Infrastructure – The innovative utilisation of proven technologies

A slurry is a mixture of fine particles of a solid material and liquid which behaves like a relatively uniform liquid when pumped through a pipeline. In our case1, our planned slurry is finely ground magnetite concentrate mixed with water comprising 2 parts magnetite and 1 part water. This mixture (slurry) can be very cost effectively pumped through a long distance pipeline and the concentrate and water can be simply separated at the terminus of the pipeline by filtering. There are thousands of kilometres of slurry pipelines operating successfully and essentially trouble free world-wide.

1  Based on Lodestone Equity Group Conceptual Feasibility Studies

For the Mawson Iron Project, the slurry is a mixture (approximately) of two parts magnetite concentrate to one-part water, by weight. Studies1 currently have the slurry discharging into agitated surge tanks as it arrives at the floating port. This slurry is then distributed to individual banks of filters to remove the bulk of the water. The filtered concentrate will contain approximately 8.5% moisture. There is nothing novel about the filter plant. Filter plants function perfectly well anywhere, onshore or offshore, as long as they are set up correctly.

The oil & gas industry have the equivalent of entire refineries on floating platforms (Floating Production Storage and Offloading facilities - FPSO’s) now, and as planned for the offshore (Browse FLNG Development Woodside) off Western Australia. Other examples of complex processes being applied at sea, include many of the world’s navies using nuclear reactors as a means of power, and garbage processing plants. By comparison, a fixed slurry receiving and filtering plant is a very unsophisticated, low-tech installation and low risk. The high quality desalinated water removed from the slurry by the filter plant will be returned to shore for use in industrial, municipal or agricultural applications or returned to the mine for reuse.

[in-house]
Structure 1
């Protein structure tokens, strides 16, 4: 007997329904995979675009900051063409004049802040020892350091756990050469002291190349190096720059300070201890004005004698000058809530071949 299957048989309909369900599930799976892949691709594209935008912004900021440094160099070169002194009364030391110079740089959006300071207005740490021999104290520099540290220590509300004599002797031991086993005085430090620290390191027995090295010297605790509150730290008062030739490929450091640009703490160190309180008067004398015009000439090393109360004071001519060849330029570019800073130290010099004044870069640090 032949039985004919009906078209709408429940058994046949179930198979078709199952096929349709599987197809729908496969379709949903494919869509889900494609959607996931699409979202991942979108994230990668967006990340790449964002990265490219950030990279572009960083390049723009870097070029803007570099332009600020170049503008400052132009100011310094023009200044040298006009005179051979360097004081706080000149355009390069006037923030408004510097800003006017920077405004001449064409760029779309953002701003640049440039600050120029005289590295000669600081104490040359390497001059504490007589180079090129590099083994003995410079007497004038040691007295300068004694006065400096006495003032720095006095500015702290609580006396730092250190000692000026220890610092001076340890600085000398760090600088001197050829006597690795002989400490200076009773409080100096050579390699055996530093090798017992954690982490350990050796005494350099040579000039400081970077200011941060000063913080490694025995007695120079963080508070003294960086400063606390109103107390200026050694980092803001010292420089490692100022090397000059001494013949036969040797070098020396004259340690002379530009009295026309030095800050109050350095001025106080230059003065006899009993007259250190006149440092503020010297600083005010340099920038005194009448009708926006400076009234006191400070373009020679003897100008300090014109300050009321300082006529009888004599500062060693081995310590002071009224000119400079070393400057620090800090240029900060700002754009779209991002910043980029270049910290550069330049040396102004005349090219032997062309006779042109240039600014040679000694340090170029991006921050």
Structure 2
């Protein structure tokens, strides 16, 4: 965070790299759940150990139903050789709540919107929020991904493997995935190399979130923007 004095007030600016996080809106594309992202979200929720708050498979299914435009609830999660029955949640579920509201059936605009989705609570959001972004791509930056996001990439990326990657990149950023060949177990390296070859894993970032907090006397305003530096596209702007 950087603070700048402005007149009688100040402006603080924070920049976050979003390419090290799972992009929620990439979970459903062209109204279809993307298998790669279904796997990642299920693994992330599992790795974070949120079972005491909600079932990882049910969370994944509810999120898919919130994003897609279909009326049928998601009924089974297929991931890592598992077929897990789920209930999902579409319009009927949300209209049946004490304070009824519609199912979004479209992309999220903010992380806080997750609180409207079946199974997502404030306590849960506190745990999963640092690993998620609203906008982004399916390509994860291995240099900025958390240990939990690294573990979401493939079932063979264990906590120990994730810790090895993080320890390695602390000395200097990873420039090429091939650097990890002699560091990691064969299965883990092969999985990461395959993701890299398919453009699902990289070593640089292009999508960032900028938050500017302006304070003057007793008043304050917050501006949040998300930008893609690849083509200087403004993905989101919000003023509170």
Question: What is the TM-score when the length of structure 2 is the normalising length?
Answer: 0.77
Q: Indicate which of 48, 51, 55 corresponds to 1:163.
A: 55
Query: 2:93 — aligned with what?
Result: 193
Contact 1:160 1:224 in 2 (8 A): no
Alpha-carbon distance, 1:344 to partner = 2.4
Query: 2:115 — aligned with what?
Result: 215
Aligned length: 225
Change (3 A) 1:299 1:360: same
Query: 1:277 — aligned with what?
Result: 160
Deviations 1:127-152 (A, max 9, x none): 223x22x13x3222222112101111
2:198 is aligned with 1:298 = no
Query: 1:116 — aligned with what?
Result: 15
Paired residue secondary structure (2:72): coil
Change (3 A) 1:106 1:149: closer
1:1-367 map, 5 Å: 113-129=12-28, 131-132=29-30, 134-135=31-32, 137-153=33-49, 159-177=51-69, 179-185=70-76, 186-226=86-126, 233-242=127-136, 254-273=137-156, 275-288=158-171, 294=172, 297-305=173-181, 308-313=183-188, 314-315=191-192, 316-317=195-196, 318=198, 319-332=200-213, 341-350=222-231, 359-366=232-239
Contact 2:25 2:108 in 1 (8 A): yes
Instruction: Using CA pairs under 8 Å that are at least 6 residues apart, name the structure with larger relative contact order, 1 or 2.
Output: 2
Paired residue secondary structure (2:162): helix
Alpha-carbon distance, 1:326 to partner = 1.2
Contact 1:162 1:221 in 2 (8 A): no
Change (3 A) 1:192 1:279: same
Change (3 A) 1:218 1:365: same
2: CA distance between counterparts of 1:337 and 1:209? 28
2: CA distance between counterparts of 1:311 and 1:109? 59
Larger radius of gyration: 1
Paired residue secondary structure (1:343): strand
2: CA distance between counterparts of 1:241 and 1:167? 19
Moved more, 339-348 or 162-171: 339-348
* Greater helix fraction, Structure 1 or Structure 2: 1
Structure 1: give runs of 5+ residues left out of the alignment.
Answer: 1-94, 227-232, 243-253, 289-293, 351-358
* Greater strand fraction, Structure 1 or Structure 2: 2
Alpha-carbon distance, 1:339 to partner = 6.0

1  Based on Lodestone Equity Group Conceptual Feasibility Studies

This is a good question. South Australia is the driest state in Australia. We believe that it is virtually impossible to quantify, beyond doubt, the water resources in an underground reservoir or the aquifer behaviour over time. Having said that, we know the ground water resources in the Mawson Iron Province (Braemar) are quite limited in area and volume. We would not even ask to use valuable Murray River water unless it came from the pump-back bore fields developed to combat soil salting problems. The decision as per Lodestone’s existing studies1,2 to use sea water from the Spencer Gulf has totally de-risked our water supply versus other projects proposing to live with the risk of extracting a very large amount of water every year via a bore field, from an aquifer, for 25 years or more.

1  Based on Lodestone Equity Group Conceptual Feasibility Studies

2  ASX announcement 27th November 2013

Third party concentrate producers who wish to use the pipeline and associated infrastructure would firstly have to meet the specification of our concentrate. The third party concentrate could then be co-mingled with Magnetite Mines concentrate and a single uniform product sold and payments made pro-rata. Commercial arrangements for use of the infrastructure would be negotiated on arms length terms. There are many possible commercial structures for the terms of such infrastructure sharing. The port can serve all potential production from the Mawson Iron Province both South and North of the trans-continental railroad. This is a huge plus for South Australian resource development.